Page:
Discovery is a team sport. As the person in charge of the product, you hardly can identify and address all the risks and make the right decisions on your own. You will therefore benefit from the support of the stakeholders. These include development team members,  and representatives from other business groups, such as marketing, sales, support, legal, and finance. You may also want to have a ScrumMaster or coach who facilitates and helps with the process. The dev team members help you assess the technical feasibility of the product, identify and address technical risks, and build prototypes. The picture below shows a sample discovery team. To determine the right discovery team members for your product, identify who the key stakeholders or players are.

Product Discovery Team

Product Development with Scrum

Once you are confident that there is a problem that’s worthwhile addressing, the focus changes to developing the actual product. This includes understanding what the desired user experience should be, what functionality the product should provide, and how it should be built. Use the insights from the product discovery work to create an initial product backlog and bootstrap the Scrum process. The new focus requires adapting the team composition: The dev team members should stay and the marketer, sales and service representatives leave. But the latter should continue to participate in the development effort as stakeholders and regularly attend sprint review meetings. New developers, testers, and other people required to create a great product are added to the development team. Together, you test out UX and feature ideas and incrementally develop the product. The picture below shows this approach. Product Development with Scrum Finally, as you make progress with your development work, don’t forget to prepare the product launch. Having a marketer present at the sprint review meetings should help, but you may find that you need to be actively involved in preparing and executing the launch.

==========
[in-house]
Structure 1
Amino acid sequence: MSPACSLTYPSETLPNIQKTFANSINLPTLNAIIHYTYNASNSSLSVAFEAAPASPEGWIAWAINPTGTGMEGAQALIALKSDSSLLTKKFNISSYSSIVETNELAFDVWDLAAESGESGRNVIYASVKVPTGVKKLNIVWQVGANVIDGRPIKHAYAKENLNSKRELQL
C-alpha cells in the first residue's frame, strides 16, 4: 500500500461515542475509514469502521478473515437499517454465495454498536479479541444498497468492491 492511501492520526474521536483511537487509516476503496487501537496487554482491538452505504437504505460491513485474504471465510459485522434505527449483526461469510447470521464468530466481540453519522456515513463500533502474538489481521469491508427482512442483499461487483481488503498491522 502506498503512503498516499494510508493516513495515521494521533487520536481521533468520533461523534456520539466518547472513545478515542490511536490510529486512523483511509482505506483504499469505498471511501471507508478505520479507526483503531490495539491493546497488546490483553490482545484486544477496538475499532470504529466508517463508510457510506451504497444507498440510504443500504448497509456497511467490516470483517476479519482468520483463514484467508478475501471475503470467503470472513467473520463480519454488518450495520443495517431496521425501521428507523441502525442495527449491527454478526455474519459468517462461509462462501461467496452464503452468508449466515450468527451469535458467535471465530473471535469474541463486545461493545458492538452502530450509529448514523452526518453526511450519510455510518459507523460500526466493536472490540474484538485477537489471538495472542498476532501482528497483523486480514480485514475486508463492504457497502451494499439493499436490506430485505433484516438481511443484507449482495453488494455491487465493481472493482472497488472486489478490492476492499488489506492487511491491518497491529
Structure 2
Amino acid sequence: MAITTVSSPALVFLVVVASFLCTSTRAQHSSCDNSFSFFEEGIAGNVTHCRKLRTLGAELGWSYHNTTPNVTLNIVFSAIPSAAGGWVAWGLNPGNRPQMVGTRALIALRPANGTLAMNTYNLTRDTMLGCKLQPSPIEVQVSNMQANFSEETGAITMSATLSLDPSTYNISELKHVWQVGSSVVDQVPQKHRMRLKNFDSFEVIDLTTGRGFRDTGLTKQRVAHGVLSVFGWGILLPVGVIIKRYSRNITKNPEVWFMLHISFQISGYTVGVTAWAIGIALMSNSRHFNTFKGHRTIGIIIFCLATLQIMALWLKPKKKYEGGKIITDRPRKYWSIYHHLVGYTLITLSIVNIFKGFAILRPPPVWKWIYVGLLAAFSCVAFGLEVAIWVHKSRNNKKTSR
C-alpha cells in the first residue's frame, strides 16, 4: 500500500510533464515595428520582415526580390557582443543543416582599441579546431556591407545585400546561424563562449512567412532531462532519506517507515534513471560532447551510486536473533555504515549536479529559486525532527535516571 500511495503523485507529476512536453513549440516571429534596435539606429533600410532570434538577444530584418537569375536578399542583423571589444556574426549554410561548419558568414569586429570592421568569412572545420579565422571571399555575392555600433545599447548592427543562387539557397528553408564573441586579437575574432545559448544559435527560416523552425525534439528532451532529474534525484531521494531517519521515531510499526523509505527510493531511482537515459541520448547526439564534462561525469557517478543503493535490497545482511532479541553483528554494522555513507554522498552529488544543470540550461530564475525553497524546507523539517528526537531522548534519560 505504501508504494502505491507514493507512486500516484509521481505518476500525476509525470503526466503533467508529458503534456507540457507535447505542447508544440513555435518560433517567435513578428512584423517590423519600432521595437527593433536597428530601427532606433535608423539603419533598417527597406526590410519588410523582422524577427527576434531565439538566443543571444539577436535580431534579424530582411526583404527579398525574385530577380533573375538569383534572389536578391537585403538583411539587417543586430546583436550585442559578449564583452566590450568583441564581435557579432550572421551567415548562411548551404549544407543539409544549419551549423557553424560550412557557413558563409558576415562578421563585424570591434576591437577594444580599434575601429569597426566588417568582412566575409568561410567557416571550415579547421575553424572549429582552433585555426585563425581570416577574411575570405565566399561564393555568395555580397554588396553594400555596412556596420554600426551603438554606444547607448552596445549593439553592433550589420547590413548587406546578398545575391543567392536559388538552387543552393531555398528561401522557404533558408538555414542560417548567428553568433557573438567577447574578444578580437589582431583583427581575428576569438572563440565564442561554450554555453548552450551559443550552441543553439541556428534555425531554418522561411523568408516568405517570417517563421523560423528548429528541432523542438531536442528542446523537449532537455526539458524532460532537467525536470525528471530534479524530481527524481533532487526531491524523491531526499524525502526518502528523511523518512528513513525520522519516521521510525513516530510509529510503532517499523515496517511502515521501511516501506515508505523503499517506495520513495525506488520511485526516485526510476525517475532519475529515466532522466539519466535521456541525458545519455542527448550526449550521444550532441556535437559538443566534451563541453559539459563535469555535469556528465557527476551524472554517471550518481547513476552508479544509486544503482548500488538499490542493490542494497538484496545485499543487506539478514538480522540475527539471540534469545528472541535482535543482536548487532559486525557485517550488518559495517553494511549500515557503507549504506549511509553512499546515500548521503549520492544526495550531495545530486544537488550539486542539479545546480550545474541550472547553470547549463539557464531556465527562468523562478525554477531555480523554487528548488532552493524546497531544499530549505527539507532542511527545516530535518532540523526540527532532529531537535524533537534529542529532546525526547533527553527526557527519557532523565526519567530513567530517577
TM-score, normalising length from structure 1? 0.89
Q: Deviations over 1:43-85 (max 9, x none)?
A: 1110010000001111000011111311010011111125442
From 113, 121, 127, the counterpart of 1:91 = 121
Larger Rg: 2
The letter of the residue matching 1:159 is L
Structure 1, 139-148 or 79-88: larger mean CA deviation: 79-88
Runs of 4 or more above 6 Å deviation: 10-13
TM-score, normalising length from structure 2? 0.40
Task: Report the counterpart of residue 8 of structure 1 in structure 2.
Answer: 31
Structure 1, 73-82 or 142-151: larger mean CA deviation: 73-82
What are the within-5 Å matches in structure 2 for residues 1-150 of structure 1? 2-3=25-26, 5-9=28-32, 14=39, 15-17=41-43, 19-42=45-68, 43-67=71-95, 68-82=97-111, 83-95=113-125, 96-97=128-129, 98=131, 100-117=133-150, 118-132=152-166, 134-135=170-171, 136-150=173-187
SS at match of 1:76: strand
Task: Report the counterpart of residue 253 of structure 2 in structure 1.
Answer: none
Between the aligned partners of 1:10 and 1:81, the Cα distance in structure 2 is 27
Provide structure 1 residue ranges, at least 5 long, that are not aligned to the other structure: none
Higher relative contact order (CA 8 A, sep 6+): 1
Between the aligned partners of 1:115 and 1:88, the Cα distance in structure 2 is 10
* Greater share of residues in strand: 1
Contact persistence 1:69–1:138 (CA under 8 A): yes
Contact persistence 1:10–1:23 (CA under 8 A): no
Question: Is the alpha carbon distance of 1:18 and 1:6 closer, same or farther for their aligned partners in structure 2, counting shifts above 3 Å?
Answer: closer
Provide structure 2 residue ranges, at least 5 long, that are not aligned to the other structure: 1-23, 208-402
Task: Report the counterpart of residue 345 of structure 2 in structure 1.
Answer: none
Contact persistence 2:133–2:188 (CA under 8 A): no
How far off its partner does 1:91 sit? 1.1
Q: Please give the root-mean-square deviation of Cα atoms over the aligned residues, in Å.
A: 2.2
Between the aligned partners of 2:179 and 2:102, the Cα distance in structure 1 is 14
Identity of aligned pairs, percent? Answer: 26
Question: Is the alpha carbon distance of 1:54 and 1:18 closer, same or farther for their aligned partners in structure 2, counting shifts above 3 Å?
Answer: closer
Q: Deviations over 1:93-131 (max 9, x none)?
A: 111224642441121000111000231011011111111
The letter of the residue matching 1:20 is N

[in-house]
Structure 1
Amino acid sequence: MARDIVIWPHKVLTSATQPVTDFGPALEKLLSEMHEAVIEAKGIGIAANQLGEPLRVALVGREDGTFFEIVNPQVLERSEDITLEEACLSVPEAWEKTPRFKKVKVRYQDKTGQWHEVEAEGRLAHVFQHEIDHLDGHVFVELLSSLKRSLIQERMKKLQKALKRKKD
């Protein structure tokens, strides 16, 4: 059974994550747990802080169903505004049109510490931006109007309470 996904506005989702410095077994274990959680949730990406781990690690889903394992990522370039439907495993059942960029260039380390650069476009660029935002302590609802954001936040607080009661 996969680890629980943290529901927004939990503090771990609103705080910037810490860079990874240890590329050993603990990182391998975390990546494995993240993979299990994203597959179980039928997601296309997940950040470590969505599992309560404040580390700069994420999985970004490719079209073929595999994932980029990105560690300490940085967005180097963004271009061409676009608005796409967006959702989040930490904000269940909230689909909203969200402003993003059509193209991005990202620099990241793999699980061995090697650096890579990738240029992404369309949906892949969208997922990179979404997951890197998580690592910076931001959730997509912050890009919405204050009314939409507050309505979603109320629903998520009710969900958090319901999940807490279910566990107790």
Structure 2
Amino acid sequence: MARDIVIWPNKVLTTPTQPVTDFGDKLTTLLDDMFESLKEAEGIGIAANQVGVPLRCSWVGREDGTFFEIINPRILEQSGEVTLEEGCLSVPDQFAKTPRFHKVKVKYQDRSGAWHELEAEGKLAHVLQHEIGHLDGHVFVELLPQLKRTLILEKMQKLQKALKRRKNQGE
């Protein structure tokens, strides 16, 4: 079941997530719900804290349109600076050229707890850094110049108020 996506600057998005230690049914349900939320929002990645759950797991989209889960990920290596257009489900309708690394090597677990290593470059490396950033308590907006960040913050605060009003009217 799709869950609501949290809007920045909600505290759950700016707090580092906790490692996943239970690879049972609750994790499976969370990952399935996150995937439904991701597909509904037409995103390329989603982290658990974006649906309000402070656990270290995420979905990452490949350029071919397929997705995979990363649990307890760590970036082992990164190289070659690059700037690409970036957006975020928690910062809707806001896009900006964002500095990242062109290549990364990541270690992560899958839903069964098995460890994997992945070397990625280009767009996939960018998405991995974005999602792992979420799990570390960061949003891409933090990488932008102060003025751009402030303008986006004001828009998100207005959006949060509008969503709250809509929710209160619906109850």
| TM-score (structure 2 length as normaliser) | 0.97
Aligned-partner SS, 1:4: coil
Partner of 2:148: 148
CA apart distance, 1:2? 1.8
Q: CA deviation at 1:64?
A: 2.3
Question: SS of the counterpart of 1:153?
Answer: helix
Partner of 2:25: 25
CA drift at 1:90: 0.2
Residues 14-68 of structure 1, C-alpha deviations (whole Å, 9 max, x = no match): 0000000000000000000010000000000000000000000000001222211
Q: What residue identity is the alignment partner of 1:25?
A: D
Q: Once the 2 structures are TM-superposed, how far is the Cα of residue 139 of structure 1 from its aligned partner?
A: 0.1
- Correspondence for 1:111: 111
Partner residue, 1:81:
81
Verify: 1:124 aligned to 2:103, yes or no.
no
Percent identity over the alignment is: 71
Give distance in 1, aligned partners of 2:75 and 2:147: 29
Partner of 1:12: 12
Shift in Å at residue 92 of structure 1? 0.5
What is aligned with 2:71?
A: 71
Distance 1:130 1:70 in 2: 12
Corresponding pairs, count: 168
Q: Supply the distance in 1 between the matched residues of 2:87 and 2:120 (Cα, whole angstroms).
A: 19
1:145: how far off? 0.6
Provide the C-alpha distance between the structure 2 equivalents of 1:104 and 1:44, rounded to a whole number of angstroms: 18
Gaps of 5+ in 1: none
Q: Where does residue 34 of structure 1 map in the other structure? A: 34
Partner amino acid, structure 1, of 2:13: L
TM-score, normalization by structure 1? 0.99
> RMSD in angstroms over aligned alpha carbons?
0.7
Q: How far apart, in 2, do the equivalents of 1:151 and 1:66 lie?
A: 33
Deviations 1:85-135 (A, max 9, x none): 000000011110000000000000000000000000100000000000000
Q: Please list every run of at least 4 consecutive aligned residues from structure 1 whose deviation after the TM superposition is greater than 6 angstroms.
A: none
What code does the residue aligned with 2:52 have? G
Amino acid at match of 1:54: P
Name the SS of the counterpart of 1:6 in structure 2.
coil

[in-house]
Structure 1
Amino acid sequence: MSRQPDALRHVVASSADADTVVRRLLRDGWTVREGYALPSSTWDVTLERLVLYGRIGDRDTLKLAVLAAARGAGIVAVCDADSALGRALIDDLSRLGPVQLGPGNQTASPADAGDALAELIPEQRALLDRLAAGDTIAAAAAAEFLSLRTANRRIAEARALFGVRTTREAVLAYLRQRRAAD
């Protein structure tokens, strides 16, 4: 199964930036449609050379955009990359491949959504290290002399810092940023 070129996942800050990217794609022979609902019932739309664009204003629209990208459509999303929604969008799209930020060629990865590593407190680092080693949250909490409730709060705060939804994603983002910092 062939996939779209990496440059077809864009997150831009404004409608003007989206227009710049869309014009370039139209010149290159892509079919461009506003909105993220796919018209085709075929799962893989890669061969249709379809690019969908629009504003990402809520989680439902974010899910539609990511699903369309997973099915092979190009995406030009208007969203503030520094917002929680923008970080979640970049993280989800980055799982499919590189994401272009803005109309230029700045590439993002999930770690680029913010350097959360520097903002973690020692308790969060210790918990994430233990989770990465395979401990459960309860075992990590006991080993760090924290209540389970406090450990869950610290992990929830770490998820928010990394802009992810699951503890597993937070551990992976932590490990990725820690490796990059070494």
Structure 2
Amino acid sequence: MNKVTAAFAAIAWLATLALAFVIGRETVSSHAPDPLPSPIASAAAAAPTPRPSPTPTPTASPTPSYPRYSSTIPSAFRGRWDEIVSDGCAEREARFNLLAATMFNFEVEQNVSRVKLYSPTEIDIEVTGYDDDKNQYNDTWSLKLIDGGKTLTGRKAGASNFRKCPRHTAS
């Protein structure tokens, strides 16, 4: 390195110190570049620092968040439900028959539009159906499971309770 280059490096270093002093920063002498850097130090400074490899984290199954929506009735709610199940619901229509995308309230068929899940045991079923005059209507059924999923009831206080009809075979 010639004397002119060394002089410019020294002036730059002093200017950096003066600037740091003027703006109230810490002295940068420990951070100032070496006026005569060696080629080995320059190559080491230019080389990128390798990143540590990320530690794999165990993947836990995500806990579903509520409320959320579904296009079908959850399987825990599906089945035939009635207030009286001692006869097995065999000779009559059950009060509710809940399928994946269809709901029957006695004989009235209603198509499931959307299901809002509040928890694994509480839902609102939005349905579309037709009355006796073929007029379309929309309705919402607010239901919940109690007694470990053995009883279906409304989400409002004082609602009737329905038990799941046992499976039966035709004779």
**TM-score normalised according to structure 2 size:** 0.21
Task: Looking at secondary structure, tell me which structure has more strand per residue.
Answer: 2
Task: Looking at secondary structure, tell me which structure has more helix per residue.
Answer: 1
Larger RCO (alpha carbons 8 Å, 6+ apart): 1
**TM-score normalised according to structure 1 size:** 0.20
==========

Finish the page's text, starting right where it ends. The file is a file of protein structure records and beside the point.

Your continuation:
Bringing It All Together

The following table summarises my recommendations for transforming an idea into a shippable product:
Focus Discovery with Lean Startup Development with Scrum
Key questions to answer What problem does the product solve? Who are the customers and users? What are the desired business benefits? What is the right user experience? What functionality should the product provide? How is the product built?
Sample artefacts Product Vision Board, Business Model Canvas, or Lean Canvas Product backlog, product increments
Sample activities Observation, problem interviews, competitor analysis Designing, programming, testing, product demos, user tests, early releases, launch preparation